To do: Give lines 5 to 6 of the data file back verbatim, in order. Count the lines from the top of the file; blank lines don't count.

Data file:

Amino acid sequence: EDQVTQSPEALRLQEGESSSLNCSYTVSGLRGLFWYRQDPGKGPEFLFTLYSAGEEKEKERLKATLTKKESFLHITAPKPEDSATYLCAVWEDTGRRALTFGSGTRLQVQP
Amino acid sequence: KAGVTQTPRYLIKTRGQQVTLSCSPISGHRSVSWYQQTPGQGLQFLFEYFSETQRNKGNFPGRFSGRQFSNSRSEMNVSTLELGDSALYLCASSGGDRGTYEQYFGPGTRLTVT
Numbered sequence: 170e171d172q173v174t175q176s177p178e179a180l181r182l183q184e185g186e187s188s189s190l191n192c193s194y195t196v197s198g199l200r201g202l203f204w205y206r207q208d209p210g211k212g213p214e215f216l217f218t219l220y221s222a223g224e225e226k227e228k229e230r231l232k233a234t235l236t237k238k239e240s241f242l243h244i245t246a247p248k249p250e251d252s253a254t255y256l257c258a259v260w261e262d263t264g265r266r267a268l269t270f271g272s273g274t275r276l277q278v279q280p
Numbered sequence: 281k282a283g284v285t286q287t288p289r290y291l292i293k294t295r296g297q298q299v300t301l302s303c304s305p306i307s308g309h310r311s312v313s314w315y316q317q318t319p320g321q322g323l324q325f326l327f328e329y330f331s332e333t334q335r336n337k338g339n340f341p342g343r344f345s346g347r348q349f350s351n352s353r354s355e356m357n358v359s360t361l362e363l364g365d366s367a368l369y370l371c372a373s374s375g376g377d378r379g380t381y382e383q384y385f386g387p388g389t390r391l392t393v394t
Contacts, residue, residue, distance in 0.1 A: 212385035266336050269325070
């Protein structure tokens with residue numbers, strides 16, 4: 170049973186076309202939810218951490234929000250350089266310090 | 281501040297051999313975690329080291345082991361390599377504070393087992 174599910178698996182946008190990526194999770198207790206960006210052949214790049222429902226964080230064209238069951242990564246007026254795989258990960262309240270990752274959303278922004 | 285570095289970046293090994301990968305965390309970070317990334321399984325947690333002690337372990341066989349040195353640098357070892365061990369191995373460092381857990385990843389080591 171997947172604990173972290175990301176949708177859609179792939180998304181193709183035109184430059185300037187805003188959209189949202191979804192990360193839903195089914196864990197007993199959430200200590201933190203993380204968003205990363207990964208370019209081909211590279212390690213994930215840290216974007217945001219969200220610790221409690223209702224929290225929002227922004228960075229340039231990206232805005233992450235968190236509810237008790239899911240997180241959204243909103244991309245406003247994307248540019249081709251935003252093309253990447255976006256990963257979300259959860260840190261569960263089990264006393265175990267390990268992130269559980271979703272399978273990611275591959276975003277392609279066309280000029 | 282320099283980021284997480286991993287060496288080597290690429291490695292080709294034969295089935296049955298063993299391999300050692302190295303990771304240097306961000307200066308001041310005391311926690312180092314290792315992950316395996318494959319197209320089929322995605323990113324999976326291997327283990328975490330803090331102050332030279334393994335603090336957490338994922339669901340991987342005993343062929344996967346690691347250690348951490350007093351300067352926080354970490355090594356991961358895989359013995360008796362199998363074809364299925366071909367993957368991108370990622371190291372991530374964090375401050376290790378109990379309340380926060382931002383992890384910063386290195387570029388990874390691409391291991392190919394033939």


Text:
Contacts, residue, residue, distance in 0.1 A: 212385035266336050269325070
């Protein structure tokens with residue numbers, strides 16, 4: 170049973186076309202939810218951490234929000250350089266310090 | 281501040297051999313975690329080291345082991361390599377504070393087992 174599910178698996182946008190990526194999770198207790206960006210052949214790049222429902226964080230064209238069951242990564246007026254795989258990960262309240270990752274959303278922004 | 285570095289970046293090994301990968305965390309970070317990334321399984325947690333002690337372990341066989349040195353640098357070892365061990369191995373460092381857990385990843389080591 171997947172604990173972290175990301176949708177859609179792939180998304181193709183035109184430059185300037187805003188959209189949202191979804192990360193839903195089914196864990197007993199959430200200590201933190203993380204968003205990363207990964208370019209081909211590279212390690213994930215840290216974007217945001219969200220610790221409690223209702224929290225929002227922004228960075229340039231990206232805005233992450235968190236509810237008790239899911240997180241959204243909103244991309245406003247994307248540019249081709251935003252093309253990447255976006256990963257979300259959860260840190261569960263089990264006393265175990267390990268992130269559980271979703272399978273990611275591959276975003277392609279066309280000029 | 282320099283980021284997480286991993287060496288080597290690429291490695292080709294034969295089935296049955298063993299391999300050692302190295303990771304240097306961000307200066308001041310005391311926690312180092314290792315992950316395996318494959319197209320089929322995605323990113324999976326291997327283990328975490330803090331102050332030279334393994335603090336957490338994922339669901340991987342005993343062929344996967346690691347250690348951490350007093351300067352926080354970490355090594356991961358895989359013995360008796362199998363074809364299925366071909367993957368991108370990622371190291372991530374964090375401050376290790378109990379309340380926060382931002383992890384910063386290195387570029388990874390691409391291991392190919394033939």